By Nicole Montesano • Staff Writer • 

Merkley and Bonamici draw big crowd

According to a show-of-hands poll Merkley conducted partway through, the group included a handful of supporters for presidential candidates Donald Trump, Ted Cruz, Marco Rubio and Hillary Clinton, along with a large contingent of Bernie Sanders advocates.

Questions included those related to the Trans-Pacific Trade Agreement, proposals to increase the minimum wage, health care delivery and the U.S. Constitution.

Merkley made a point to discuss his efforts to combat climate change and work to pass the Fixing America’s Surface Transportation Act transportation bill. Bonamici stressed her efforts to better fund education and assist laid-off workers, taking particular note of employees from Newberg’s shuttered paper mill.

As part of his effort to address climate change, Merkley has sponsored a bill called the Keep It in the Ground Act of 2015.

The act would prohibit issuance of new leases or renewal of non-producing leases for drilling for oil and gas on the outer Continental Shelf of the Gulf of Mexico, Pacific, Atlantic and Arctic oceans. It also would prohibit issuance of new leases or renewal of non-producing leases for coal, oil, gas, shale and tar sands extraction on federal lands.

Co-sponsors include Sens. Bernie Sanders (I-Vt.), Patrick Leahy (D-Vt.), Elizabeth Warren (D-Mass.), Barbara Boxer (D-Calif.), Ben Cardin (D-Md.) and Kirsten Gillibrand (D-N.Y.). In November, the bill was referred to the Committee on Energy and Natural Resources.

An Amity high school student, self-identifying as a Republican, started things off with a challenge to Merkley and Bonamici about how raising the minimum wage would help his fellow schoolmates find jobs.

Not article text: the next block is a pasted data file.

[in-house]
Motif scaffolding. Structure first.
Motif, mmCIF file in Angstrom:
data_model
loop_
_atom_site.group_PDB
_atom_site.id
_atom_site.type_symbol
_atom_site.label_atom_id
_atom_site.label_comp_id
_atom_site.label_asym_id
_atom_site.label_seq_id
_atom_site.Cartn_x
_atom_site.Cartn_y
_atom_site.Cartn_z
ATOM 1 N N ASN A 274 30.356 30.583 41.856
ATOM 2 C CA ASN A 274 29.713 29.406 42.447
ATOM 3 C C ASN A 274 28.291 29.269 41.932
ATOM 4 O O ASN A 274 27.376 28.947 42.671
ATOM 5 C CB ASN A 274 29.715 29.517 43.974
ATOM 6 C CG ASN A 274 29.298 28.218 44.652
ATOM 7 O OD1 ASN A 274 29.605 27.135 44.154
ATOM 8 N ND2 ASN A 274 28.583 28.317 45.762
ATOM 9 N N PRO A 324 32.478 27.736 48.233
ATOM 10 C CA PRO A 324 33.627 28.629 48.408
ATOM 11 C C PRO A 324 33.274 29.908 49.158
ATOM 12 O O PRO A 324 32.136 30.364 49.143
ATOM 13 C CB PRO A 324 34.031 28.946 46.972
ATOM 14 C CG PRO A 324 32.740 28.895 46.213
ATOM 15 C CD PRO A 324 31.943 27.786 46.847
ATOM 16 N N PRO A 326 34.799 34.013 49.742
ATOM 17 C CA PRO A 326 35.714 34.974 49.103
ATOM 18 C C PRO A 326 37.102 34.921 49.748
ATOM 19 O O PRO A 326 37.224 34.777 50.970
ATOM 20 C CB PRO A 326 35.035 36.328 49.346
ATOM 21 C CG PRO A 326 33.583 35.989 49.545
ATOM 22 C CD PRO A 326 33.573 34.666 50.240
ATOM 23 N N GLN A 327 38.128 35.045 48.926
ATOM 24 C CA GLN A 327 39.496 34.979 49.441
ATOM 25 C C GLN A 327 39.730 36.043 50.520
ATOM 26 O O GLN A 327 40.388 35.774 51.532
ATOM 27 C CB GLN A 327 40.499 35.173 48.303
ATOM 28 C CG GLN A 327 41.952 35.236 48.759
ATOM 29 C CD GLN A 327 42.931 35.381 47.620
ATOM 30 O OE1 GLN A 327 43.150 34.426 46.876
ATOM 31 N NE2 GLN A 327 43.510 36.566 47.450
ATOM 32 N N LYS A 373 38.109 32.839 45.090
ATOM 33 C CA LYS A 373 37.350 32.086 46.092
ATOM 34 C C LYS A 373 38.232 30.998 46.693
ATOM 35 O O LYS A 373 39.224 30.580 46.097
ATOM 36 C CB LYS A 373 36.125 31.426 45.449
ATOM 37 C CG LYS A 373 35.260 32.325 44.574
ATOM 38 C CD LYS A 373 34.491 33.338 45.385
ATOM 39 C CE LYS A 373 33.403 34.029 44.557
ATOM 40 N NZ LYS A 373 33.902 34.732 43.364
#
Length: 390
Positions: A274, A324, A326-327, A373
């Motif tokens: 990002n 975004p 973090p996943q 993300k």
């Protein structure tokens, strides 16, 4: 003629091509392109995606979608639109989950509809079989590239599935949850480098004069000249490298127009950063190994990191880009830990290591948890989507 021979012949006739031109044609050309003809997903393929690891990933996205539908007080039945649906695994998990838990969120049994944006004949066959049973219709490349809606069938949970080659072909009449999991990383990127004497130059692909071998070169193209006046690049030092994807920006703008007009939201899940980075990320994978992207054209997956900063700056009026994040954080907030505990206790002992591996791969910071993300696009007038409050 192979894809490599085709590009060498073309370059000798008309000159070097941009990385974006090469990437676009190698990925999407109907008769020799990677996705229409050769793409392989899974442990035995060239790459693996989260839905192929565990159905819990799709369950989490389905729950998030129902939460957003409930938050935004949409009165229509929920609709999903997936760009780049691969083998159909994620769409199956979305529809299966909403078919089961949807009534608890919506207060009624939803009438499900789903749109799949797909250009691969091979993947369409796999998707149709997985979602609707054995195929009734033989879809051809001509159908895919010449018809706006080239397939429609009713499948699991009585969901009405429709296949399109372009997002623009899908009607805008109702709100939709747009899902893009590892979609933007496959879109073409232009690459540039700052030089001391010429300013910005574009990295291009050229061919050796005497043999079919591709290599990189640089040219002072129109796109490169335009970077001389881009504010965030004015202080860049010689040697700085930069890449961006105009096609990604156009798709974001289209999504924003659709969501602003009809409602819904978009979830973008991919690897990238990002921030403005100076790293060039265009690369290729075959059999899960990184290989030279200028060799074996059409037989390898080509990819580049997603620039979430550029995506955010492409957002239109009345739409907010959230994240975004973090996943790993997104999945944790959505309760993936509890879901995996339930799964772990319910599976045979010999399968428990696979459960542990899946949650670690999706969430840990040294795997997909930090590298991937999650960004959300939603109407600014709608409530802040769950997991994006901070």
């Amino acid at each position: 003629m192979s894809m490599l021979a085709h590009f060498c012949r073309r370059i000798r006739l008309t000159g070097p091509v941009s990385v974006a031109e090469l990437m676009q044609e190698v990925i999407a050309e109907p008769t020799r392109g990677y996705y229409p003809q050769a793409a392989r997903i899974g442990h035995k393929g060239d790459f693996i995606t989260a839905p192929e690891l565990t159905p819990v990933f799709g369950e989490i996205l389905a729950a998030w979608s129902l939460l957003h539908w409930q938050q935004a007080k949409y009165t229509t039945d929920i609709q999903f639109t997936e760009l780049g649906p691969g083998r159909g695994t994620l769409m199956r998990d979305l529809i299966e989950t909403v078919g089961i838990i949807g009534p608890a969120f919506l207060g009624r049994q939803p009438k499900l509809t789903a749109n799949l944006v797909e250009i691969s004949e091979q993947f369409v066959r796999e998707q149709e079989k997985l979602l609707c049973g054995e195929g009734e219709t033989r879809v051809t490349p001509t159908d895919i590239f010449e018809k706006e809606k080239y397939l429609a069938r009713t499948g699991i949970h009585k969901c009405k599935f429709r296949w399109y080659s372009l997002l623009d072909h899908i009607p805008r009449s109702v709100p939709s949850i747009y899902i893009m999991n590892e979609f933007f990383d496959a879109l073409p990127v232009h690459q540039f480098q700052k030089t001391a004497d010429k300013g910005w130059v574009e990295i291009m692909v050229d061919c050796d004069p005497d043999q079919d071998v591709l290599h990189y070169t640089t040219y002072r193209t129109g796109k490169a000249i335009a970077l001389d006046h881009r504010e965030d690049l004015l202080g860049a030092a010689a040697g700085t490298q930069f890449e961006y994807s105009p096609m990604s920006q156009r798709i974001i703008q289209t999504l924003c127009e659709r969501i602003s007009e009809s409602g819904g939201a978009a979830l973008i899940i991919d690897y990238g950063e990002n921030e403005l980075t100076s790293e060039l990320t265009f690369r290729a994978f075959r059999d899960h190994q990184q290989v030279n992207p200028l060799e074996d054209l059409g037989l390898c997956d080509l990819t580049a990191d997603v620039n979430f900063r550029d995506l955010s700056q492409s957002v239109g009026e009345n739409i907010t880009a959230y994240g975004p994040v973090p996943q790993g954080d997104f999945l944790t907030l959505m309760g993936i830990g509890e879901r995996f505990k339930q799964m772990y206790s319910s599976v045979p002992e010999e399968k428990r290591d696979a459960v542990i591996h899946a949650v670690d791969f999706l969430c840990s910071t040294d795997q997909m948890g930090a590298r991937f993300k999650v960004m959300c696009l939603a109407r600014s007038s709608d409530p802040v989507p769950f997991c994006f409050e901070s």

Bobby Scharf said he was able to work on the family farm, but schoolmates had to seek jobs in town. He argued that increasing the minimum wage would decrease the number of jobs available.

Merkley said that’s a common argument, “but the statistics don’t support it.” He said, “We have not seen a loss of jobs due to increases in the minimum wage.”

Merkley said that wages have not kept up with costs over the past several decades. He argued, “Anyone who works full time should not have to live in poverty.”

Bonamici noted that Scharf appeared to be referring to Oregon’s minimum wage, which is $9.25 an hour.

“Federal minimum wage is $7.25 an hour, and it applies in states that do not have a minimum wage,” she said. She noted that Scharf is still a student, and can afford to work at low wages, but that “a lot of people working at minimum wage are single parents” who can’t make ends meet at that level.

Both Merkley and Bonamici pledged to take a close, careful look at the Trans-Pacific Partnership, in response to a woman holding a protest sign, who asked that they not support the bill. Bonamici said she would be looking for wage and environmental protection clauses, while Merkley said he is concerned about protecting onshore manufacturing jobs.

They agreed that women’s health care should be funded, and Merkley noted that a Republican caucus effort to defund Planned Parenthood failed.